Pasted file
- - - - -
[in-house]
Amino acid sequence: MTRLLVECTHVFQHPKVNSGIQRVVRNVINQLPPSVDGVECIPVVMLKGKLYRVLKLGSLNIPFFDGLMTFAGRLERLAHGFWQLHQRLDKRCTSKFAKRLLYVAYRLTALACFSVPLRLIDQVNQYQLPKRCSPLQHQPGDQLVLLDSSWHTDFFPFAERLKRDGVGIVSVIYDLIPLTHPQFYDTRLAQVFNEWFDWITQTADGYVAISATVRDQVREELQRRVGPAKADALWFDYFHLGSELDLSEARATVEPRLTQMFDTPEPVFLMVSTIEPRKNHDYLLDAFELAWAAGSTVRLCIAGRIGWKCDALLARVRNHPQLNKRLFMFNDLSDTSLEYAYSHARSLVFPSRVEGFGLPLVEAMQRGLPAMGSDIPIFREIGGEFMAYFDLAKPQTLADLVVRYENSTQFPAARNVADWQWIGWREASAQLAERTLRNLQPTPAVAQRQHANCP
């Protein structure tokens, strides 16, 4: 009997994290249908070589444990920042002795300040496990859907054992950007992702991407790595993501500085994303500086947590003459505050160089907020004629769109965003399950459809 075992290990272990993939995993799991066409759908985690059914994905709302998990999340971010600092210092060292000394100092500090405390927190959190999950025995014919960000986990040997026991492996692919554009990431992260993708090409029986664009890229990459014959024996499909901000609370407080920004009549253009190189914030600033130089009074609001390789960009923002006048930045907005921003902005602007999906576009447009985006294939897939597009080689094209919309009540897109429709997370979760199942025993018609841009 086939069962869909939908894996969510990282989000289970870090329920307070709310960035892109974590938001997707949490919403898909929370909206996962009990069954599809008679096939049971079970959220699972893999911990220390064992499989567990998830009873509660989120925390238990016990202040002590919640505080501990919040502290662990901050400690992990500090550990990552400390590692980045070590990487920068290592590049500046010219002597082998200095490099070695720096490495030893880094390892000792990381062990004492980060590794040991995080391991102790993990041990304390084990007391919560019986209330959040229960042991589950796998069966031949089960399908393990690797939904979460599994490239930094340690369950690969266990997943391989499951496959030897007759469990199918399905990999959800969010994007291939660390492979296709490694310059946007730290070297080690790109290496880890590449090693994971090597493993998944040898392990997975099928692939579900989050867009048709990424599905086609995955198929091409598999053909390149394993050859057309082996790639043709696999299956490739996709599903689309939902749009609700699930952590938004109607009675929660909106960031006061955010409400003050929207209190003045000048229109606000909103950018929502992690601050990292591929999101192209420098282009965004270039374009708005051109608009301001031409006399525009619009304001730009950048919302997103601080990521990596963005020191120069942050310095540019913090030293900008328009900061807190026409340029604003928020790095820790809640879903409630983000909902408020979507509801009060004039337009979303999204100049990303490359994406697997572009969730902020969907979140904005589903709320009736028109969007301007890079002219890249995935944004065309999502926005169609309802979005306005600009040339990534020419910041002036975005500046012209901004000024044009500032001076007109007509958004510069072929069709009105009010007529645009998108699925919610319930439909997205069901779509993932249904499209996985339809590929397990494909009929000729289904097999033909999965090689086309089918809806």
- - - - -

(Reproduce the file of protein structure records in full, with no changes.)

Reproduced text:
[in-house]
Amino acid sequence: MTRLLVECTHVFQHPKVNSGIQRVVRNVINQLPPSVDGVECIPVVMLKGKLYRVLKLGSLNIPFFDGLMTFAGRLERLAHGFWQLHQRLDKRCTSKFAKRLLYVAYRLTALACFSVPLRLIDQVNQYQLPKRCSPLQHQPGDQLVLLDSSWHTDFFPFAERLKRDGVGIVSVIYDLIPLTHPQFYDTRLAQVFNEWFDWITQTADGYVAISATVRDQVREELQRRVGPAKADALWFDYFHLGSELDLSEARATVEPRLTQMFDTPEPVFLMVSTIEPRKNHDYLLDAFELAWAAGSTVRLCIAGRIGWKCDALLARVRNHPQLNKRLFMFNDLSDTSLEYAYSHARSLVFPSRVEGFGLPLVEAMQRGLPAMGSDIPIFREIGGEFMAYFDLAKPQTLADLVVRYENSTQFPAARNVADWQWIGWREASAQLAERTLRNLQPTPAVAQRQHANCP
């Protein structure tokens, strides 16, 4: 009997994290249908070589444990920042002795300040496990859907054992950007992702991407790595993501500085994303500086947590003459505050160089907020004629769109965003399950459809 075992290990272990993939995993799991066409759908985690059914994905709302998990999340971010600092210092060292000394100092500090405390927190959190999950025995014919960000986990040997026991492996692919554009990431992260993708090409029986664009890229990459014959024996499909901000609370407080920004009549253009190189914030600033130089009074609001390789960009923002006048930045907005921003902005602007999906576009447009985006294939897939597009080689094209919309009540897109429709997370979760199942025993018609841009 086939069962869909939908894996969510990282989000289970870090329920307070709310960035892109974590938001997707949490919403898909929370909206996962009990069954599809008679096939049971079970959220699972893999911990220390064992499989567990998830009873509660989120925390238990016990202040002590919640505080501990919040502290662990901050400690992990500090550990990552400390590692980045070590990487920068290592590049500046010219002597082998200095490099070695720096490495030893880094390892000792990381062990004492980060590794040991995080391991102790993990041990304390084990007391919560019986209330959040229960042991589950796998069966031949089960399908393990690797939904979460599994490239930094340690369950690969266990997943391989499951496959030897007759469990199918399905990999959800969010994007291939660390492979296709490694310059946007730290070297080690790109290496880890590449090693994971090597493993998944040898392990997975099928692939579900989050867009048709990424599905086609995955198929091409598999053909390149394993050859057309082996790639043709696999299956490739996709599903689309939902749009609700699930952590938004109607009675929660909106960031006061955010409400003050929207209190003045000048229109606000909103950018929502992690601050990292591929999101192209420098282009965004270039374009708005051109608009301001031409006399525009619009304001730009950048919302997103601080990521990596963005020191120069942050310095540019913090030293900008328009900061807190026409340029604003928020790095820790809640879903409630983000909902408020979507509801009060004039337009979303999204100049990303490359994406697997572009969730902020969907979140904005589903709320009736028109969007301007890079002219890249995935944004065309999502926005169609309802979005306005600009040339990534020419910041002036975005500046012209901004000024044009500032001076007109007509958004510069072929069709009105009010007529645009998108699925919610319930439909997205069901779509993932249904499209996985339809590929397990494909009929000729289904097999033909999965090689086309089918809806």